Current State of the Yankees Rotation

(NEW YORK DAILIES OUT) in action against the at Yankee Stadium on October 1, 2015 in the Bronx borough of New York City. The Yankees defeated the Red Sox 4-1. The Yankees clinched a wildcard playoff position and won their 10,000th regular season game.


The awfulness of the New York Yankees offense down the stretch got most of the attention and blame for the downfall of the second half, but the starting pitching played a role as well and the Yankees are in an interesting spot this offseason when it comes to their rotation.

The Yankees finished 18th in starters ERA at 4.25, but eighth with a 3.75 xFIP. The biggest issue was a lack of innings, as the Yankees finished 21st in MLB in starters innings and it felt worse than that. CC Sabathia of all pitchers led the team with 167.1 innings. This really manifested itself down the stretch when the bullpen performance fell off due to too many innings.

The thing with the Yankees starting rotation is that it’s tantalizing with potential, almost like a tease. We’ve seen Masahiro Tanaka perform like an ace at times. We’ve seen flashes from Michael Pineda and Nathan Eovaldi that suggest they can be good second and third starters.…

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Quick Hit: Severino’s Changing Approach?

In the recap this morning, I hinted at a potential change in Luis Severino’s approach over his last few starts.  He’s been much lower on strikeouts and higher on GB contact, and he made a comment about being more of a pitcher than a thrower before his last outing against Toronto in reference to that one bad outing earlier in the month.  It all adds up to a guy who’s starting to realize the differences between what does and doesn’t work when you go from Triple-A to the Majors and adjusting his approach accordingly.

A quick look at the differences in pitch usage provide some supporting evidence to this theory.  Here’s the breakdown of pitches over Severino’s first 8 Major League starts, courtesy of Texas Leaguers (Brooks hasn’t added their pitch data from yesterday’s start):

Severino Pitch Breakdown 8-9-15

TL reads more cutters and 2-seamers than Brooks, but it’s a real heavy dose of fastball-slider with a small side salad of changeups.  Compare that to his pitch usage in his last 2 starts:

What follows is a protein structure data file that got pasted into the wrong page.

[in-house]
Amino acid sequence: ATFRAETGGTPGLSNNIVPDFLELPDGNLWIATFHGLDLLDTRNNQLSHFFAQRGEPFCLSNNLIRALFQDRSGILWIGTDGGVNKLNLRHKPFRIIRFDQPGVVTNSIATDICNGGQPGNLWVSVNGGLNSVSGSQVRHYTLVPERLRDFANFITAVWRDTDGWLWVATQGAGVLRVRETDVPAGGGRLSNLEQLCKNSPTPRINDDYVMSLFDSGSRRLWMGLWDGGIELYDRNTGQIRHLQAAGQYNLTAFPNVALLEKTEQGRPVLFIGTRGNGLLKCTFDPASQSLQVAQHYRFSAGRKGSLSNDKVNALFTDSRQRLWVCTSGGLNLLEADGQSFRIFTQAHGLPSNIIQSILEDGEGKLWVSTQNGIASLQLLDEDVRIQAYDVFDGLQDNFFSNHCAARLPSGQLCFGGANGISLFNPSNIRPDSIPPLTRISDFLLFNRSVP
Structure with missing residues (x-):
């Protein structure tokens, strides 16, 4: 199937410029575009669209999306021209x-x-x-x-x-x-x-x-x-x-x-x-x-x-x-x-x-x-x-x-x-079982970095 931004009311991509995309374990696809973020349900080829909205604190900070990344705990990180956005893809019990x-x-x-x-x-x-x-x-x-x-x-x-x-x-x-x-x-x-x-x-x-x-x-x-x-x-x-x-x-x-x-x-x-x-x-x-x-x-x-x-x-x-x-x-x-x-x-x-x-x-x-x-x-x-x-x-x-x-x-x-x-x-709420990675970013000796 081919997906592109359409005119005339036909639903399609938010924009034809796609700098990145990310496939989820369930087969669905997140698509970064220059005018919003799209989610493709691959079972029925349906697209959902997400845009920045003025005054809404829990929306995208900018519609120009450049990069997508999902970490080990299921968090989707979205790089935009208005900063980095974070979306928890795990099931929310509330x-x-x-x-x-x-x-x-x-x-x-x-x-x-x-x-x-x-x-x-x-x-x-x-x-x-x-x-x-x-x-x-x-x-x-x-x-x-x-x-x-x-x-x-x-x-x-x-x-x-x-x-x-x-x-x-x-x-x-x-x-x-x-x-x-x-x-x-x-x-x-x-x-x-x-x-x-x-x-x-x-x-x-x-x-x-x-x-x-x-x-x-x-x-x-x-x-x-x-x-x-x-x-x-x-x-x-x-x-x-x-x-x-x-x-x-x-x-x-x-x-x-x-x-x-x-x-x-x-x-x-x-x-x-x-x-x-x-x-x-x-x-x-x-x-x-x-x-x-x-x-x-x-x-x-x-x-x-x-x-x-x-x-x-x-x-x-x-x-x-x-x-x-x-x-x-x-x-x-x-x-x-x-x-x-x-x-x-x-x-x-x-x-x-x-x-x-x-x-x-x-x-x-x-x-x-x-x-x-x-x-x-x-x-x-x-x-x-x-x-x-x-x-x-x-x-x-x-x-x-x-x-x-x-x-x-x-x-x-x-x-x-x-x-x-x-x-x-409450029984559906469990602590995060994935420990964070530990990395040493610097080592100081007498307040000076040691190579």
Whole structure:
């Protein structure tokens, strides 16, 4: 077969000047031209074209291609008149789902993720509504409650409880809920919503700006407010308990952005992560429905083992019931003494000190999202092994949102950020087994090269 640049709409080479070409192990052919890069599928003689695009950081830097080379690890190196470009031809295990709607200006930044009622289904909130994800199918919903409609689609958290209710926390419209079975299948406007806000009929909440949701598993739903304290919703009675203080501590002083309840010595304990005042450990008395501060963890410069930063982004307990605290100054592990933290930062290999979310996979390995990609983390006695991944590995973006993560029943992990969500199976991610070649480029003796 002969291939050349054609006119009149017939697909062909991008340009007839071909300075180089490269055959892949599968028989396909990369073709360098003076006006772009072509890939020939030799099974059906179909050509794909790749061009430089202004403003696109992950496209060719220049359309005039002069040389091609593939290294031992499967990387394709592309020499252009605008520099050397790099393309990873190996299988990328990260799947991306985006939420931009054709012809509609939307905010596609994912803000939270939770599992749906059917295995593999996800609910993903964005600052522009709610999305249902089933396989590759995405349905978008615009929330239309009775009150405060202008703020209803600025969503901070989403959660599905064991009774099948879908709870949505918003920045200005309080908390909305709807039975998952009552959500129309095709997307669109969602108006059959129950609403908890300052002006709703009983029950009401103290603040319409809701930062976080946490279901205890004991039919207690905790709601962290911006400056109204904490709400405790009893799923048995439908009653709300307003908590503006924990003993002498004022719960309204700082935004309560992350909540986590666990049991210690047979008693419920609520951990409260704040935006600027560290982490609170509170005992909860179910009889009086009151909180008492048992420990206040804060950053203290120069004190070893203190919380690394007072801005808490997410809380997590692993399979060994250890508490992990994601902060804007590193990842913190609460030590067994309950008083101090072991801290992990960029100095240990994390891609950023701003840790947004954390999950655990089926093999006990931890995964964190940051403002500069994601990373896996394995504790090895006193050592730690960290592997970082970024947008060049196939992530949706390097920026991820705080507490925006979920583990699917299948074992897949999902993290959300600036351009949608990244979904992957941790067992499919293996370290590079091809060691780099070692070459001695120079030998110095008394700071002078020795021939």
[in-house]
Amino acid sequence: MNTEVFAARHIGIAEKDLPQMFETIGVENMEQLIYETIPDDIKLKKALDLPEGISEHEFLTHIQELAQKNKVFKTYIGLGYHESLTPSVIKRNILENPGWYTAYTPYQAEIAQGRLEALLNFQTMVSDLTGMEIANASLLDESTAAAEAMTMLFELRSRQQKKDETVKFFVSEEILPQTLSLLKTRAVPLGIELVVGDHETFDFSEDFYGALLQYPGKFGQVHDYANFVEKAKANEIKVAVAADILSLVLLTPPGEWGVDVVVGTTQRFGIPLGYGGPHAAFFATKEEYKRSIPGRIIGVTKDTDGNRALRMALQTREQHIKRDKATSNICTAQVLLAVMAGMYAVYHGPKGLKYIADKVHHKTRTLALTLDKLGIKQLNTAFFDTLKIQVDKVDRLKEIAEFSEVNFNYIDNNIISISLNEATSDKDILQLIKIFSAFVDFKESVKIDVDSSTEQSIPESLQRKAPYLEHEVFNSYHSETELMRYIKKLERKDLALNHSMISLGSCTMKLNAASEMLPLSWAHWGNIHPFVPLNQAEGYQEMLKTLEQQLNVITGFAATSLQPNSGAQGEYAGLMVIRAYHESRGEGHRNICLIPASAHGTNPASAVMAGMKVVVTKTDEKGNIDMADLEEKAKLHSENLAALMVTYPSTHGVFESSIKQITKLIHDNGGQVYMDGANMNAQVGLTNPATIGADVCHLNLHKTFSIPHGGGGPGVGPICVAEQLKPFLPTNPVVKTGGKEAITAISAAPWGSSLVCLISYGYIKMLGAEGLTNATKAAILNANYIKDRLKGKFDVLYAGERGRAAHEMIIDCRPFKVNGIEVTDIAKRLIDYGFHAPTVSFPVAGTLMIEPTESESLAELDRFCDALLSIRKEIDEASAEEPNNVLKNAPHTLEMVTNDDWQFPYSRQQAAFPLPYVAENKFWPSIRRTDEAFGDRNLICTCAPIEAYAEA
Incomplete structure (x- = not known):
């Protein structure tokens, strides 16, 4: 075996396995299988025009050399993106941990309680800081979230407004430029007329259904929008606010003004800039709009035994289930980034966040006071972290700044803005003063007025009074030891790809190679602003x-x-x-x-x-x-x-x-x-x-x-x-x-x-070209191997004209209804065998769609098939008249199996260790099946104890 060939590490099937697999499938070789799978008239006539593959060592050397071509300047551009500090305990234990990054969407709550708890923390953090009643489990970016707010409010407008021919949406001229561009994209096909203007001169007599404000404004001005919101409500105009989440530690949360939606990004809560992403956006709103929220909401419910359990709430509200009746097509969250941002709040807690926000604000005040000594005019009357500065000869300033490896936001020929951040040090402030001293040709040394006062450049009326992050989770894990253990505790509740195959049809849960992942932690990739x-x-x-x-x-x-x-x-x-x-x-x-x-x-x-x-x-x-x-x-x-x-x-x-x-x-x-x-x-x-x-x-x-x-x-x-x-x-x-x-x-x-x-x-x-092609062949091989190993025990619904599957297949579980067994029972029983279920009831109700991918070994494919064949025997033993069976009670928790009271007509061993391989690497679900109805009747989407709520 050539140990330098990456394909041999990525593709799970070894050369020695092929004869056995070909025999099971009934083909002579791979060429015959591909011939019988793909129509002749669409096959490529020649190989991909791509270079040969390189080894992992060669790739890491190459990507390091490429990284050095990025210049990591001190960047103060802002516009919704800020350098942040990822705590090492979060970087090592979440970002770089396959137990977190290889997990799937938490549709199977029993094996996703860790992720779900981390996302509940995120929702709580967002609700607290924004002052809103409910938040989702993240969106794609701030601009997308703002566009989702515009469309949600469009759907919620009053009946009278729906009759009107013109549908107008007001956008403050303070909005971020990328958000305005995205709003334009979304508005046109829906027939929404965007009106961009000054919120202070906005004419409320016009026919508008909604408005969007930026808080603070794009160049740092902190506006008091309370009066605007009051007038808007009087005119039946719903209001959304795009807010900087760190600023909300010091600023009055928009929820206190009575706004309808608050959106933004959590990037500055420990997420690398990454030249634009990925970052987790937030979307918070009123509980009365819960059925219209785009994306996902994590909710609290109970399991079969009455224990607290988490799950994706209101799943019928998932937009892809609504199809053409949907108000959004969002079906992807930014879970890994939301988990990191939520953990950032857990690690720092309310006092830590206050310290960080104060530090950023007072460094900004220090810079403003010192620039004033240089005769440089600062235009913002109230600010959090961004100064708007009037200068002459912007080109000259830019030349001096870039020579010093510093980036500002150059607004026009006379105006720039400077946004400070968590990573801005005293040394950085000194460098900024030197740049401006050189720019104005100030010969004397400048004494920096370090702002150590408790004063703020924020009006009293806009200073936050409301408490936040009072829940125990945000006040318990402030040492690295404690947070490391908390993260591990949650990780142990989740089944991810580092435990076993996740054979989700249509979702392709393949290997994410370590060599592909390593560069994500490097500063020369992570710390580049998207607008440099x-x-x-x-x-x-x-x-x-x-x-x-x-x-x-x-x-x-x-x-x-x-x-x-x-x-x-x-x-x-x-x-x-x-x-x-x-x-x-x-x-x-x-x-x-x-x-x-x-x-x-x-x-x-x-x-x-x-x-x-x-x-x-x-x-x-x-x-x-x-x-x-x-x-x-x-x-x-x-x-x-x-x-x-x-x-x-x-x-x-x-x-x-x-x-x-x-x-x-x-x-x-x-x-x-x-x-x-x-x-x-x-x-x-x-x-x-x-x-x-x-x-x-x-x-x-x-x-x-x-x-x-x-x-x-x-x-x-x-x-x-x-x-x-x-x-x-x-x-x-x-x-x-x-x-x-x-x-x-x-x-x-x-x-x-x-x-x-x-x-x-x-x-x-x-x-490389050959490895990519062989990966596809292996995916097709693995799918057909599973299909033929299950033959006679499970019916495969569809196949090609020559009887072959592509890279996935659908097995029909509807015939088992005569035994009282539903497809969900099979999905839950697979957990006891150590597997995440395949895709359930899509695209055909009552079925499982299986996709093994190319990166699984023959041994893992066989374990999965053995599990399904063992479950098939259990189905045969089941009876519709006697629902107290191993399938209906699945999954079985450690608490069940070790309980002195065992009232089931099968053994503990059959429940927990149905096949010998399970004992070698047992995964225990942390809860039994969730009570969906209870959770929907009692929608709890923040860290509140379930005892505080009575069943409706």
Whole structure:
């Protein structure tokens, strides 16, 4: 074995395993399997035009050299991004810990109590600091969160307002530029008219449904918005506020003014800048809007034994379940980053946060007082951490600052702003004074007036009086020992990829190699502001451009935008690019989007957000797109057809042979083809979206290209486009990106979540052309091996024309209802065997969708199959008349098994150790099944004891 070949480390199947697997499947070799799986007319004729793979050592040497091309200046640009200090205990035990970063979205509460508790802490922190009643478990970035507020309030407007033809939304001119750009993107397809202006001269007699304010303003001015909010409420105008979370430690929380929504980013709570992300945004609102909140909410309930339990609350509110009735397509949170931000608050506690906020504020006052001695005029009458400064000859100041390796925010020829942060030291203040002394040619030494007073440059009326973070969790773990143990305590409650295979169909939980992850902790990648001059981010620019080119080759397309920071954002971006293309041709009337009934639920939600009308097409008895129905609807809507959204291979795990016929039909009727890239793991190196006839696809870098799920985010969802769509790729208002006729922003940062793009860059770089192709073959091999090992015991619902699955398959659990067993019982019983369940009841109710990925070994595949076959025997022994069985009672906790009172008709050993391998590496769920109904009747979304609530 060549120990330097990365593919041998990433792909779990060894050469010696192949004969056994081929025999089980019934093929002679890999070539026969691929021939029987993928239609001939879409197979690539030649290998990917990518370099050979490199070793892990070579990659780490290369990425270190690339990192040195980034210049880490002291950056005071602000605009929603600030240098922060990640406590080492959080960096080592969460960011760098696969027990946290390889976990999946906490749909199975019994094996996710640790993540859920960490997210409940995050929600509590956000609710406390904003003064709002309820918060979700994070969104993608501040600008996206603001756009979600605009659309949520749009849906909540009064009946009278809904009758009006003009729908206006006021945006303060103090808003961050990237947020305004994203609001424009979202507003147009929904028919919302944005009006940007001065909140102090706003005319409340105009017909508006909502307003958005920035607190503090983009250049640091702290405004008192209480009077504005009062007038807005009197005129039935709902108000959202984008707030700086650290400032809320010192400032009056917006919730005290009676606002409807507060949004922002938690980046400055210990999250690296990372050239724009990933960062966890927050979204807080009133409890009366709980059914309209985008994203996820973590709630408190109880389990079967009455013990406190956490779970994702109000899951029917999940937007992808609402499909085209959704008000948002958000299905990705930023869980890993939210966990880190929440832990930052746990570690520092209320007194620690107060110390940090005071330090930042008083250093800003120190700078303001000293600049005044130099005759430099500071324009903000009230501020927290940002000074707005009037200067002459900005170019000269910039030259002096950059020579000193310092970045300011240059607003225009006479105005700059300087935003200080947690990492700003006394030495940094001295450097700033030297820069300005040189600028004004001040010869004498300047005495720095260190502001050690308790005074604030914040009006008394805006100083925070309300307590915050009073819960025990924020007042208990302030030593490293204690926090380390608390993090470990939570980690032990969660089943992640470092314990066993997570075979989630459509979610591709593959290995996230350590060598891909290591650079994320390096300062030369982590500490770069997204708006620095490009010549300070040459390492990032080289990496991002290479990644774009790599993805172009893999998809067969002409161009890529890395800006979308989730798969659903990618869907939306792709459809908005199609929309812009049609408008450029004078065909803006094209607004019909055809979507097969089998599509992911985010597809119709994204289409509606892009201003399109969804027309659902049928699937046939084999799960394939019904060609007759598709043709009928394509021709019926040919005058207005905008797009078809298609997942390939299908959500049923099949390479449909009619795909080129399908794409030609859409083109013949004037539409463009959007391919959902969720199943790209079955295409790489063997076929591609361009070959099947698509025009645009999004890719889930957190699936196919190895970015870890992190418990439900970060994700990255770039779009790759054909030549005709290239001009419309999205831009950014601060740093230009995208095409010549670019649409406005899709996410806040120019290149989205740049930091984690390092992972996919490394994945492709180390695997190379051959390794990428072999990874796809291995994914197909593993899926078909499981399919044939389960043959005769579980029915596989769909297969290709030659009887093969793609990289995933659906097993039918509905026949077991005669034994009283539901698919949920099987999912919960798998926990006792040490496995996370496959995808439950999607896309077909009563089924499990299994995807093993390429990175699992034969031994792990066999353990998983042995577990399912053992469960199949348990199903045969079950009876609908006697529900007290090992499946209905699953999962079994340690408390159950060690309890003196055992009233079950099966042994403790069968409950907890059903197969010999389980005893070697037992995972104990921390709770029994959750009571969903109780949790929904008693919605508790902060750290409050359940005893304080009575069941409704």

Severino Pitch Breakdown Last 2 Starts 15

That’s a little more balanced.  …

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An Evolved Eovaldi

William has been knocking Nathan Eovaldi‘s evolution out of the park the last few weeks, but I’m going to steal his gimmick for a quick post illustrating just how much Eovaldi has changed with a small sample comparison.  You could argue that the last 2 starts have been Eovaldi’s best of the season. They’ve certainly been the starts in which his stuff has looked the best and they’re a far cry from what he showed in his first 2 starts.  How far?  See for yourself.

Eovaldi Pitch Plot First 2 Starts


That’s Eovaldi’s pitch location plot for his first 2 starts of the season, 4/10 against the Red Sox and 4/15 against the Orioles.  The pitch selection breaks down to roughly 45% 4-seamers, 31% sliders, 15% curveballs, and a handful of changeups.  In those 2 starts, Eovaldi’s line was 10.1 IP, 16 H, 5 ER, 4 BB, 10 K.


Eovaldi Pitch Plot Last 2 Starts


That’s the pitch plot from his last 2 starts.  It breaks down to about 46% 4-seamers, 32% splitters, 15% sliders, and a few curveballs.  …

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Nathan Eovolving – Part 2

MLB: Philadelphia Phillies at New York Yankees

Looking at most leader boards on statistic sites, you cannot find a Yankee starting pitcher anywhere. They are not present in any of the big categories like FIP, ERA+, WAR or pretty much anything else. Yankee starters are deemed serviceable but not able to go long into games and at least most of the time, give the very good offense a chance to win the game. So imagine the glee of sorts to find a Yankee starter on top of one of a big-time writer’s lists–Keith Law’s list..

In a post last week, Keith Law ranked pitchers with the best pitches in various categories. For example, Law ranked Clayton Kershaw‘s curve as the best in baseball. Well, duh. Then we get to the split-fingered fastball and sitting on top of Law’s list is Nathan Eovaldi!

This is remarkable for a couple of reasons. First, Nathan Eovaldi did not have a split-fingered fastball before 2015. It’s a brand new baby of a pitch.…

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About Last Night: That Last At-Bat

Miller vs Tulo

That’s the sequenced pitch plot from the Andrew MillerTroy Tulowitzki showdown that ended last night’s game.  I’m still buzzing from the stress and excitement of that at-bat, and writing the recap made me want to go back and look at it again. It was such a great battle, both in terms of execution and strategy.  Regardless of what side you’re rooting for in this division race, you have to tip your cap to both guys in this case.